*JJC : Johnny Just Come, an acronym used a lot in Nigeria to describe newcomers. Johnny is a typical foreign name (American) referring to someone who doesn’t know about local customs.
The picture below is a big win for afrobeats lovers around the globe. This music we cherish so much is gaining ground.
Burna has come a long way since he release his first hit Like to Party. You can sense in his music a sort of transformation. He went from copying american sounds to redefining and owning his own type of African sound : Afrofusion.
I’m so happy to see Nigerian music conquer the world but sometimes I’m worried some people might never truly love the Nigerian songs they hear because they don’t really understand where it comes from. I hope this post explains some key aspects of afrobeats whether you were a JJC or not.
Before I start, some artists have tried to make “afrobeats” music but I’m afraid they were missing a few key elements which should be evident by the end of this post.
On The Low/ Anybody. When you listen to afrobeats, the sound of the music has to make you want to stand up from your seat in the metro and bust a choreography. It has to be that good. Of course Nigerians today grew up with highlife music (King Sunny Ade, Chief Osita Osadebe…) and the afrobeat god himself : Fela Anikulapo Kuti, so the expectations are very high.
In Nigeria, when the sound is good, you show approval by moving everything in your body that twists.
We also have a range a dance moves to honor our music : shoki, shaku shaku, recently zanku…etc.
Burna represented nigerians properly at Coachella with his zanku and his lovely team (starring my favorite dancer Sherrie Silver, famous for the This is America choreography) : Click to watch Burna boy Killin Dem coachella performance
In the song he sings about “Making money rush like indomie”… which brings me to my next point.
The lyrics : Money, hustle, respect
Yes Nigerian artists often sing about the beauty of their lovers (to put it very cleanly),
Very often we also get deep lines that refer to a lifestyle. Growing up in Lagos is hard, the economy is growing quickly but you’re either in or out, and out means way behind. The wealth disparities are huge and unemployment is a also a major problem.
The typical Nigerian wants to own a flashy car and go clubbing with his/her closest friends. They want to show their wealth in an extremely flashy way, those are their life goals.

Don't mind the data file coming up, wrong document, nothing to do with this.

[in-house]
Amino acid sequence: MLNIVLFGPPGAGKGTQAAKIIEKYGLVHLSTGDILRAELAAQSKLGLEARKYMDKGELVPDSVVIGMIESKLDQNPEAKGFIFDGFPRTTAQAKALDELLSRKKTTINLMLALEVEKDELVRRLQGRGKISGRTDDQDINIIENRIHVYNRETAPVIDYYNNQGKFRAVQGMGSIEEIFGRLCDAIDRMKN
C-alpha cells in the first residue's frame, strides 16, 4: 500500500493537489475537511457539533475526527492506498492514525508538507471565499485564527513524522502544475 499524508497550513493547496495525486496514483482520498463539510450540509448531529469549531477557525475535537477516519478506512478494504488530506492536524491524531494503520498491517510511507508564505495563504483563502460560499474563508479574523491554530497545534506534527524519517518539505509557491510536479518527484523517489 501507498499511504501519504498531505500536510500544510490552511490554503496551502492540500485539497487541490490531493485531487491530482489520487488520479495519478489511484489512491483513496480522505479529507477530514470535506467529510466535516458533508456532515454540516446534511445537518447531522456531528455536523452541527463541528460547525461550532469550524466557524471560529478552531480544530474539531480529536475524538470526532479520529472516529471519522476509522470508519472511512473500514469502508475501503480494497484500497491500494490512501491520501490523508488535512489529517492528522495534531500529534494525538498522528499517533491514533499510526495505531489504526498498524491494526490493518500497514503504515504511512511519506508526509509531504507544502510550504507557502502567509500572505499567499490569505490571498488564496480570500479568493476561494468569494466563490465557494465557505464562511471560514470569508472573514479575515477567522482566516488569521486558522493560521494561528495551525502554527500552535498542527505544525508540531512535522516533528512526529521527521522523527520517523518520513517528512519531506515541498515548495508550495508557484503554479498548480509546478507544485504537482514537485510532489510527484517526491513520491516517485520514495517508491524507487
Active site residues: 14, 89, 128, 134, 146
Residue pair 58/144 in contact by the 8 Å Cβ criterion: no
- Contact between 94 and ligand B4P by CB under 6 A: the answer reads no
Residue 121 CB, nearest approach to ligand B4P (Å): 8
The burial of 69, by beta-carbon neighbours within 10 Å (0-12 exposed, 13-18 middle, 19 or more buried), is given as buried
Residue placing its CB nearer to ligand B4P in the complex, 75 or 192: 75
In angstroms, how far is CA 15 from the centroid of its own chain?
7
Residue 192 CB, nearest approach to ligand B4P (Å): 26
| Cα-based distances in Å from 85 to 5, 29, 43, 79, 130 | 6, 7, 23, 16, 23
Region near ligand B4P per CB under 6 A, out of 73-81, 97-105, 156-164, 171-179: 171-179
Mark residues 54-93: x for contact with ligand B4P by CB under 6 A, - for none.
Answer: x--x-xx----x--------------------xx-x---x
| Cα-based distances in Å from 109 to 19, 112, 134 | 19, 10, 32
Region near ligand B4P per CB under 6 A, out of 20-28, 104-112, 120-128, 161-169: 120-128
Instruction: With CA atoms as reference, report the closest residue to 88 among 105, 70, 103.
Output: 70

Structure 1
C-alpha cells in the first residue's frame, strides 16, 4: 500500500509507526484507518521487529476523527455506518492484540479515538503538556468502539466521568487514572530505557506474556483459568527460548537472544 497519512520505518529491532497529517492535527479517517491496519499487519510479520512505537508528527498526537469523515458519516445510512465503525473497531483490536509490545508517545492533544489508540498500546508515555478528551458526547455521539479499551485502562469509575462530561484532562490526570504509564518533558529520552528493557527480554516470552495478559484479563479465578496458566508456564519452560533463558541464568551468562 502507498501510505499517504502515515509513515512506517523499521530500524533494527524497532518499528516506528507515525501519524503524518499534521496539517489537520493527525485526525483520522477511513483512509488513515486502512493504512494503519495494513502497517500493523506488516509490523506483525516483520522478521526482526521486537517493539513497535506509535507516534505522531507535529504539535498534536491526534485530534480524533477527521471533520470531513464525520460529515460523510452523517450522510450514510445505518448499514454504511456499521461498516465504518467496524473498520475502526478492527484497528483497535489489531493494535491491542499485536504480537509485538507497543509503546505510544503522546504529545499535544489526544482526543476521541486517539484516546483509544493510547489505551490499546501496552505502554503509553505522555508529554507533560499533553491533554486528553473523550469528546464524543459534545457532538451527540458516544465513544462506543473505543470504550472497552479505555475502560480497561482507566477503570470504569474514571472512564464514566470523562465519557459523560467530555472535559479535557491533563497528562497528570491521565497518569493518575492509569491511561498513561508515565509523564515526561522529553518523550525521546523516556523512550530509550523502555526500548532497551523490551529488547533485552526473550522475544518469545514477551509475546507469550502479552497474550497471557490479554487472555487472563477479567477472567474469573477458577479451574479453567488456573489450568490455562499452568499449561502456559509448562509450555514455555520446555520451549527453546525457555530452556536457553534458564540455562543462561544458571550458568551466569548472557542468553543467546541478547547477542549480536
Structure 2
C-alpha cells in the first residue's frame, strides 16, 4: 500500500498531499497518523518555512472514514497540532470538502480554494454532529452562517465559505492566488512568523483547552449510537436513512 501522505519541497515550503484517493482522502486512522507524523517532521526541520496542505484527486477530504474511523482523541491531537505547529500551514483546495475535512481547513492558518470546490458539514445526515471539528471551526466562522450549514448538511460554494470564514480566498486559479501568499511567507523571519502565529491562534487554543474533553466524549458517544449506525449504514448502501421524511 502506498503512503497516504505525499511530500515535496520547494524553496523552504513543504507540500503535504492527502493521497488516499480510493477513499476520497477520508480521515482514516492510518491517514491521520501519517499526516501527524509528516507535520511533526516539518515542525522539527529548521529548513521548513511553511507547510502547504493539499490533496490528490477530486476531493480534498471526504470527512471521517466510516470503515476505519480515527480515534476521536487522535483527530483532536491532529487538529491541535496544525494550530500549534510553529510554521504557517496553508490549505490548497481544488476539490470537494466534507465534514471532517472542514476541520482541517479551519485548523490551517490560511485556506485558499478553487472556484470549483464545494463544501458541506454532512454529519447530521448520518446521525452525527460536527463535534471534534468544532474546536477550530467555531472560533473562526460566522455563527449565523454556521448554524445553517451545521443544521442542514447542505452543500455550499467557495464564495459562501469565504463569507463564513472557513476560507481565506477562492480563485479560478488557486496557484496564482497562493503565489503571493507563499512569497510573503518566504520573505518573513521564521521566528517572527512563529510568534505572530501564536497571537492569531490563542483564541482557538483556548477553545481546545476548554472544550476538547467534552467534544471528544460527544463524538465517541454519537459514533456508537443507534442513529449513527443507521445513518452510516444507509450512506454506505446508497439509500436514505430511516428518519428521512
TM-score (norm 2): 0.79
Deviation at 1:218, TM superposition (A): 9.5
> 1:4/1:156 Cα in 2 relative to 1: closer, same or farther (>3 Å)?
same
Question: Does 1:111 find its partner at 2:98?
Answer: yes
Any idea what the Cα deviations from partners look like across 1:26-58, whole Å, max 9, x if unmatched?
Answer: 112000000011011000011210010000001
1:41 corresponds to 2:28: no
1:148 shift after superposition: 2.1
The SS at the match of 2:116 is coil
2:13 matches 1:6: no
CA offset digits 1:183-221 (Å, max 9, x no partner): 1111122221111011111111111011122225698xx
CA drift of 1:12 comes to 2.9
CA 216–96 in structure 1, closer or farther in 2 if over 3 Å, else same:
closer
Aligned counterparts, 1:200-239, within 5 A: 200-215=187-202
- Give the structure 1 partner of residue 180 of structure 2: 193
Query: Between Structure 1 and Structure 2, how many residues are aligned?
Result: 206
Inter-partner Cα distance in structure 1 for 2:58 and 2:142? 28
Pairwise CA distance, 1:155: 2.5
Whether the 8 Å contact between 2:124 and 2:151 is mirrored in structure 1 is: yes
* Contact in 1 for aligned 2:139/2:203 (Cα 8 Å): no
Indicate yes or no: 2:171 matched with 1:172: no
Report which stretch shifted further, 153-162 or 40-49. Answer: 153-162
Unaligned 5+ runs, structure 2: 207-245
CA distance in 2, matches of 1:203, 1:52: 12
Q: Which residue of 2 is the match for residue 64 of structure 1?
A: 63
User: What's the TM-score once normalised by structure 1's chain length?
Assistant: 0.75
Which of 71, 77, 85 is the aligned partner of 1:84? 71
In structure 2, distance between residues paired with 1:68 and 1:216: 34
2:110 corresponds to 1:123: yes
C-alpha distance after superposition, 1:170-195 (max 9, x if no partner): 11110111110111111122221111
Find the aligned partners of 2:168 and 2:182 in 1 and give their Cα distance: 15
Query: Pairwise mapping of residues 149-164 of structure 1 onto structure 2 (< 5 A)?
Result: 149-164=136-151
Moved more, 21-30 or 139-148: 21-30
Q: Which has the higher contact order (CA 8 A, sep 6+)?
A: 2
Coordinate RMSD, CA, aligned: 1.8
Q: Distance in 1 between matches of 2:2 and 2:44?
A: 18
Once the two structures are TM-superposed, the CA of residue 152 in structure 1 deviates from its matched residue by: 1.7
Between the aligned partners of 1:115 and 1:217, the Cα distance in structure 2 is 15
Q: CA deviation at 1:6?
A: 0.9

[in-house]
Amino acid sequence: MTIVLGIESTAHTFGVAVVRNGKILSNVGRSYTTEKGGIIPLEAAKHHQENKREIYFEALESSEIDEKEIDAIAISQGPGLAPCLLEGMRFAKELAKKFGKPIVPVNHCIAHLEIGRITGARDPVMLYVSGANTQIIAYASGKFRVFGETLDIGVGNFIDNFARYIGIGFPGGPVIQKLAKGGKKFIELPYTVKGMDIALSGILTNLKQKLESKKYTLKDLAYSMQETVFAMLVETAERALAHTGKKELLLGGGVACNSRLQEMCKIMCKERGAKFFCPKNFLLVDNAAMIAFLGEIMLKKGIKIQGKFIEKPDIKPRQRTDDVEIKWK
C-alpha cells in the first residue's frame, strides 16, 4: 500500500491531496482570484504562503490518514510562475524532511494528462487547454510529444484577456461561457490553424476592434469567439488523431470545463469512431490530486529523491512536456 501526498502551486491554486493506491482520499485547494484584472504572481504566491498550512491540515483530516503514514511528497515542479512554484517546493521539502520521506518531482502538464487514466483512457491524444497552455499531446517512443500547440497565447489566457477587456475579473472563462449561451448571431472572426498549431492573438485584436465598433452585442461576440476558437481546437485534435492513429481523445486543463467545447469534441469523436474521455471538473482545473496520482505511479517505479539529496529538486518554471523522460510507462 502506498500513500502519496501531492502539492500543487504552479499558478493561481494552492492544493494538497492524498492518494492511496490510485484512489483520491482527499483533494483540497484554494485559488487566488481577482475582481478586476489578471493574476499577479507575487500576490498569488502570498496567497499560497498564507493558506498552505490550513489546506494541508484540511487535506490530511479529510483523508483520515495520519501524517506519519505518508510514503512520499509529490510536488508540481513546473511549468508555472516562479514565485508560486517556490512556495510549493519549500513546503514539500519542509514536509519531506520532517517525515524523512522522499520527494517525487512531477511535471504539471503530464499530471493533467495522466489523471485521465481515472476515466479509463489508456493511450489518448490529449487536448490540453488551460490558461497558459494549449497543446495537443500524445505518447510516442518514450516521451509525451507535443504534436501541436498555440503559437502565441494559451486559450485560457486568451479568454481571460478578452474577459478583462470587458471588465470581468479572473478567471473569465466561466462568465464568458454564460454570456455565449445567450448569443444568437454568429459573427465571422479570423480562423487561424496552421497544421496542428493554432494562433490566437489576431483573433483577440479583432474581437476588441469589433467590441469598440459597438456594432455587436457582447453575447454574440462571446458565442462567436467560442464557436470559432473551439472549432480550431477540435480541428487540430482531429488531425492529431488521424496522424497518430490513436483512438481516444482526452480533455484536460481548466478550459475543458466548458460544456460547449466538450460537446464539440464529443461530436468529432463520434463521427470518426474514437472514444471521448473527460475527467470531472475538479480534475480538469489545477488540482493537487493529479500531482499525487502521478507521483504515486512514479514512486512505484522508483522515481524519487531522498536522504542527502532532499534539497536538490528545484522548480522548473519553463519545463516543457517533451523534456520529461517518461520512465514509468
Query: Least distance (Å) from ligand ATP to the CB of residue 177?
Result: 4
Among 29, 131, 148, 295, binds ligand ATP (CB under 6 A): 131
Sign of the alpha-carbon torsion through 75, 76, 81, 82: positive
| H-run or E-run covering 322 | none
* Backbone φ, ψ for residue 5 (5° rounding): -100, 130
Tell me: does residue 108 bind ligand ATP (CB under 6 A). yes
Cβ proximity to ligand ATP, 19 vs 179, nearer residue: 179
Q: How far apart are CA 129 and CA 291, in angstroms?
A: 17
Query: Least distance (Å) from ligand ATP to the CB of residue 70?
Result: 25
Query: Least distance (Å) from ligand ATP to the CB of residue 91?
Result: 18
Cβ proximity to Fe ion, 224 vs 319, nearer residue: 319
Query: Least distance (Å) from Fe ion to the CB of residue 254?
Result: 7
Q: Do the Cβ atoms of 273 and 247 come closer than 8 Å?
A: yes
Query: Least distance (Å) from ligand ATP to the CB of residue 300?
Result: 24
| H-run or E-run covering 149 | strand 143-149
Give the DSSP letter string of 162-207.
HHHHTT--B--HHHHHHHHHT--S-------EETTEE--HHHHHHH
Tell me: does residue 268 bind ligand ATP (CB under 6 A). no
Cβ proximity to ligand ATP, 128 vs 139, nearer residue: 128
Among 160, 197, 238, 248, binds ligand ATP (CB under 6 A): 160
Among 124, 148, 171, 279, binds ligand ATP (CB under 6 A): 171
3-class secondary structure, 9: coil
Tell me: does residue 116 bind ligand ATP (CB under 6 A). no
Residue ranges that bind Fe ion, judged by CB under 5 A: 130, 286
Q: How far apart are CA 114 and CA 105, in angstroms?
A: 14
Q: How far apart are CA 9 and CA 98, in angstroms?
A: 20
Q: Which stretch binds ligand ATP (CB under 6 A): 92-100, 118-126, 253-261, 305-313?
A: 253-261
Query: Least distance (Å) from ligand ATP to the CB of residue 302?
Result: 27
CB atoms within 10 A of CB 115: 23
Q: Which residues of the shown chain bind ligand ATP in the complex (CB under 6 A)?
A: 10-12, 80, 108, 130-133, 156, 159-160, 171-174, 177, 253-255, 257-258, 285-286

Plenty suffer wey we face
Just to make sure money dey
But my people dem go say
I no want kpai, I no want die
I no want kpeme, I want enjoy
I want chop life, I want buy motor
I want build house, I still want turn up
Tell me, tell me
Burna is complaining against Nigerians who dream big but don’t put in the effort to achieve their dreams. They don’t want to “die” (kpai/kpeme) young but they want to live large (chop life/ build house…).
Burna’s song is authentic in the sense that he identified the nigerian struggle and the typical nigerian dreams. He also represents something like a mantra at the back of every nigerian’s mind : No food for the lazy man.
But why “Ye”? Nigerians are very expressive and dramatic. They don’t need any exceptional situation to make react in an exceptional way.
It is basically the Nigerian equivalent of “woah” except that it is more expressive and is extensively abused.
Ye is a word full of shock. It’s like all the surprise of your life summarized in the most concise way.
Nigeria is also a very religious country. They believe their sins would be washed away in church on Sunday morning and of course, all praise goes back to God.
Hence the necessary song : Hallelujah.
It is a beautiful song in which the artist gives thanks to God for his success. In a similar way Nollywood movies often end with a frame that says To God be the glory. In Nigerian media, expressing your faith this way is important because it shows humility.
Finally, the lyrics have a lot of Yoruba words and Nigerian references :
- Gbedu : afrobeats music
- Dada : dread locks
- Lagbaja : A Nigerian artist who sang the Nigerian famous Konko Below, he is famous for always playing his saxophone behind his Ankara masquerade looking costume.
- Agbada : This is the outfit you wear when you become a millionare or “big man” as called in Nigeria.
Burna Boy uses his music to expose the ugly sides of what many people consider to be a great nation. He uses imagery and the native language following in the footsteps of previous african music giants he grew up listening to. His music not also sounds good but the messages it carries are powerful. These elements all add up to explain his popularity not only amongst Nigerians but people all over the world.
So I’ll leave you with Dangote, a politically charged song named after Aliko Dangote. A nigerian known to be the richest man in Africa. The song depicts some of the vices of a poorly governed Nigeria : from online scams to armed robbery and incompetent executive forces. This is sadly what many people face daily in Africa’s giant.
I can’t wait to read about your reactions in the comment section!